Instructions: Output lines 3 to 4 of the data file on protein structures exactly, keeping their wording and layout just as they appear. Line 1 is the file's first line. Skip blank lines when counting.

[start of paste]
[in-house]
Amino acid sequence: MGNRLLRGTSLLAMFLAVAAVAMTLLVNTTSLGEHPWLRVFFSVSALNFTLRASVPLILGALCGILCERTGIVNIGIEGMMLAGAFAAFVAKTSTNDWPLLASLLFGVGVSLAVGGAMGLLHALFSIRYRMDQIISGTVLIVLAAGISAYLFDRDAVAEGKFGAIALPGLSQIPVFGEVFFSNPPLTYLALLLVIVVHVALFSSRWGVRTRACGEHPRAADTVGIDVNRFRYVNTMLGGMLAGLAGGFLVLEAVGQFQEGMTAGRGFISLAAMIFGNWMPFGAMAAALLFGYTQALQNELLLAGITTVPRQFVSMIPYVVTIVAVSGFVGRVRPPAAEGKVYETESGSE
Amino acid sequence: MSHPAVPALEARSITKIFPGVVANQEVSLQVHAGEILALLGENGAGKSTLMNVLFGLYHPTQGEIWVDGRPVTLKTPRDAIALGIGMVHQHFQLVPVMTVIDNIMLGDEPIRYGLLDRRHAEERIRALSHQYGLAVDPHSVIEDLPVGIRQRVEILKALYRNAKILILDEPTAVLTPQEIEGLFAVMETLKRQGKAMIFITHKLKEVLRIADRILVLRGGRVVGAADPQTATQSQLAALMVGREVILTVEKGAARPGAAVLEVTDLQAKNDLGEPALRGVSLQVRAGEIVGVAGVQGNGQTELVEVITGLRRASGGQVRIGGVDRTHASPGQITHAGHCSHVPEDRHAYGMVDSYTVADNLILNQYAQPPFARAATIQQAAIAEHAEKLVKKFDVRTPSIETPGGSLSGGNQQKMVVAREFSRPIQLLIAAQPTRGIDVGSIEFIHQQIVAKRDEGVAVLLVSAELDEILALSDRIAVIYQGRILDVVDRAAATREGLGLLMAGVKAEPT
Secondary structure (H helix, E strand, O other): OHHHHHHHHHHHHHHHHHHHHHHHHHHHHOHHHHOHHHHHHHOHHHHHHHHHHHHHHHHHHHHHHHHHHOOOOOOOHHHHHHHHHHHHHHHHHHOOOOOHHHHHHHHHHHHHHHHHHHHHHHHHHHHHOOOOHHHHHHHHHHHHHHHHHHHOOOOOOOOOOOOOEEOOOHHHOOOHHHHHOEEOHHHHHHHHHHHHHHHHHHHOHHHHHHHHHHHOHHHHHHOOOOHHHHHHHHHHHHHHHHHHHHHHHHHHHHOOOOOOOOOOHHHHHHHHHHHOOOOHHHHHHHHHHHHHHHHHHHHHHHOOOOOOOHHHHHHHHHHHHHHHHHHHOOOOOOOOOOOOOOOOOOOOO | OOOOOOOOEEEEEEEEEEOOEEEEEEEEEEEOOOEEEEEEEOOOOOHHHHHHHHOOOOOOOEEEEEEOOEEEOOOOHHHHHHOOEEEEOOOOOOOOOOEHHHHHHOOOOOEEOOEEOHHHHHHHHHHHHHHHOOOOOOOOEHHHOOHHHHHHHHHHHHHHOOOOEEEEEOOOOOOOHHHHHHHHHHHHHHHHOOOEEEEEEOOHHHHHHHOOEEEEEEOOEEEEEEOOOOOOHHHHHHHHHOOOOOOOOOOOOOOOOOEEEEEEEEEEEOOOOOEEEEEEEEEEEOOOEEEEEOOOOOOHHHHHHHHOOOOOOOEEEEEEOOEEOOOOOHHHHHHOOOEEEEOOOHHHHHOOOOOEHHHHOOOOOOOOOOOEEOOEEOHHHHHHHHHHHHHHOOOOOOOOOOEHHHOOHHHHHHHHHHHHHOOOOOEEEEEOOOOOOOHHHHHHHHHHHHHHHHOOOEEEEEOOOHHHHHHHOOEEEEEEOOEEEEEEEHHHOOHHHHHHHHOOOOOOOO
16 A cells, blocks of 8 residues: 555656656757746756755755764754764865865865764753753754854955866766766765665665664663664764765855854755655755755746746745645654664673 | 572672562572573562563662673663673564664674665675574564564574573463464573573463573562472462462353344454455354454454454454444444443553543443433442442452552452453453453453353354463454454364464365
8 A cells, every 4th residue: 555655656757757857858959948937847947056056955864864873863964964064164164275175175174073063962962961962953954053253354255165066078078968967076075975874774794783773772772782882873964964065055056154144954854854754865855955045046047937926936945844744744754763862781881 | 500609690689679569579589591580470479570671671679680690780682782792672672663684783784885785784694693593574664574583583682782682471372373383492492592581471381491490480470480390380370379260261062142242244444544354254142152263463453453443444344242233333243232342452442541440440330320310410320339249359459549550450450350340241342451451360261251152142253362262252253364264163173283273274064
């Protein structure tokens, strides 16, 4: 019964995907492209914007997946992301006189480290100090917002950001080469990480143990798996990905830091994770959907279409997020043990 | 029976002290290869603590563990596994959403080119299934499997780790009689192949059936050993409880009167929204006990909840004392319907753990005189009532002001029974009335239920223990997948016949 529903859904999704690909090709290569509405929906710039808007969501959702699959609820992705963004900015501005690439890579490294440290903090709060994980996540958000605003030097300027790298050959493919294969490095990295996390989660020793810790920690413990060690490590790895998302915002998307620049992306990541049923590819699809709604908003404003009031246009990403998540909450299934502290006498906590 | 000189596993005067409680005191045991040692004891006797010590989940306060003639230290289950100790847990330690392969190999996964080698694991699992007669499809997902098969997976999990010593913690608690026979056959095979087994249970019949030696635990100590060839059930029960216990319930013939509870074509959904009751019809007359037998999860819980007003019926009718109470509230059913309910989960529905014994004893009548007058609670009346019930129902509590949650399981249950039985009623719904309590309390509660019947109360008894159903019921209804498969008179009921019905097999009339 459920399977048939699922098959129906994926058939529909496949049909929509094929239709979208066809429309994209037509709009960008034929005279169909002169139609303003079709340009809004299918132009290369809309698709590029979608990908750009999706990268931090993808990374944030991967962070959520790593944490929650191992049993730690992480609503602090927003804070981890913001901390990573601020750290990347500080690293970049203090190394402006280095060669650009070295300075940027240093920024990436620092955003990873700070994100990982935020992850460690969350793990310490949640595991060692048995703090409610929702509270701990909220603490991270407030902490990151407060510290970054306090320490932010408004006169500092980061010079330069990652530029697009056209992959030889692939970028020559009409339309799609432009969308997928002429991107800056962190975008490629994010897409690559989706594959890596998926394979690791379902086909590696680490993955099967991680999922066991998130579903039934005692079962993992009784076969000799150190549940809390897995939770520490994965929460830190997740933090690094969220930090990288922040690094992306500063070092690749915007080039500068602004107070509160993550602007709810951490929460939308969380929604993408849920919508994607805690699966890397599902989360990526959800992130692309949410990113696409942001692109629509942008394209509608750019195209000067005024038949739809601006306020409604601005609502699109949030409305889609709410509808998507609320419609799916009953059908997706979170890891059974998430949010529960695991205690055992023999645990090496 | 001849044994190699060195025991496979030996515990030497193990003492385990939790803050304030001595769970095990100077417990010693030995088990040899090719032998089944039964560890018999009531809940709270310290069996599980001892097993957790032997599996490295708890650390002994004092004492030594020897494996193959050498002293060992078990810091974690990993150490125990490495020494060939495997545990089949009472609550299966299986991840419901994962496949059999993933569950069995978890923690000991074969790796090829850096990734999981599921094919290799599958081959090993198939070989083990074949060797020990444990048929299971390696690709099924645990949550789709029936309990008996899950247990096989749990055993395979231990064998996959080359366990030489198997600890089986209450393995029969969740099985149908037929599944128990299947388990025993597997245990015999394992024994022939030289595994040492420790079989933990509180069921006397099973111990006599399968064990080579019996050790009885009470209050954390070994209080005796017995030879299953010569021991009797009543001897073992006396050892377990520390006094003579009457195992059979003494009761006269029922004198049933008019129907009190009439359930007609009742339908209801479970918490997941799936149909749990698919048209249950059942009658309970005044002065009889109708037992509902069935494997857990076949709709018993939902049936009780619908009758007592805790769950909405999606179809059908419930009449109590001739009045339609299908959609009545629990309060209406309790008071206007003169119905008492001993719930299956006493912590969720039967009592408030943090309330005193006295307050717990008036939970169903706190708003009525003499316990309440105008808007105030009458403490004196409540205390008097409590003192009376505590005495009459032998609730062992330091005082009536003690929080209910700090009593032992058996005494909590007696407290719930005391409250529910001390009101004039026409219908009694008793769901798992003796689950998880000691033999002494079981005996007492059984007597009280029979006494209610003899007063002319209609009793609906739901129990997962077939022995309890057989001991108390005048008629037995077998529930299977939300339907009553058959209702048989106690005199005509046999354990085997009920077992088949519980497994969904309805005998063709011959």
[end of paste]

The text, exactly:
Amino acid sequence: MSHPAVPALEARSITKIFPGVVANQEVSLQVHAGEILALLGENGAGKSTLMNVLFGLYHPTQGEIWVDGRPVTLKTPRDAIALGIGMVHQHFQLVPVMTVIDNIMLGDEPIRYGLLDRRHAEERIRALSHQYGLAVDPHSVIEDLPVGIRQRVEILKALYRNAKILILDEPTAVLTPQEIEGLFAVMETLKRQGKAMIFITHKLKEVLRIADRILVLRGGRVVGAADPQTATQSQLAALMVGREVILTVEKGAARPGAAVLEVTDLQAKNDLGEPALRGVSLQVRAGEIVGVAGVQGNGQTELVEVITGLRRASGGQVRIGGVDRTHASPGQITHAGHCSHVPEDRHAYGMVDSYTVADNLILNQYAQPPFARAATIQQAAIAEHAEKLVKKFDVRTPSIETPGGSLSGGNQQKMVVAREFSRPIQLLIAAQPTRGIDVGSIEFIHQQIVAKRDEGVAVLLVSAELDEILALSDRIAVIYQGRILDVVDRAAATREGLGLLMAGVKAEPT
Secondary structure (H helix, E strand, O other): OHHHHHHHHHHHHHHHHHHHHHHHHHHHHOHHHHOHHHHHHHOHHHHHHHHHHHHHHHHHHHHHHHHHHOOOOOOOHHHHHHHHHHHHHHHHHHOOOOOHHHHHHHHHHHHHHHHHHHHHHHHHHHHHOOOOHHHHHHHHHHHHHHHHHHHOOOOOOOOOOOOOEEOOOHHHOOOHHHHHOEEOHHHHHHHHHHHHHHHHHHHOHHHHHHHHHHHOHHHHHHOOOOHHHHHHHHHHHHHHHHHHHHHHHHHHHHOOOOOOOOOOHHHHHHHHHHHOOOOHHHHHHHHHHHHHHHHHHHHHHHOOOOOOOHHHHHHHHHHHHHHHHHHHOOOOOOOOOOOOOOOOOOOOO | OOOOOOOOEEEEEEEEEEOOEEEEEEEEEEEOOOEEEEEEEOOOOOHHHHHHHHOOOOOOOEEEEEEOOEEEOOOOHHHHHHOOEEEEOOOOOOOOOOEHHHHHHOOOOOEEOOEEOHHHHHHHHHHHHHHHOOOOOOOOEHHHOOHHHHHHHHHHHHHHOOOOEEEEEOOOOOOOHHHHHHHHHHHHHHHHOOOEEEEEEOOHHHHHHHOOEEEEEEOOEEEEEEOOOOOOHHHHHHHHHOOOOOOOOOOOOOOOOOEEEEEEEEEEEOOOOOEEEEEEEEEEEOOOEEEEEOOOOOOHHHHHHHHOOOOOOOEEEEEEOOEEOOOOOHHHHHHOOOEEEEOOOHHHHHOOOOOEHHHHOOOOOOOOOOOEEOOEEOHHHHHHHHHHHHHHOOOOOOOOOOEHHHOOHHHHHHHHHHHHHOOOOOEEEEEOOOOOOOHHHHHHHHHHHHHHHHOOOEEEEEOOOHHHHHHHOOEEEEEEOOEEEEEEEHHHOOHHHHHHHHOOOOOOOO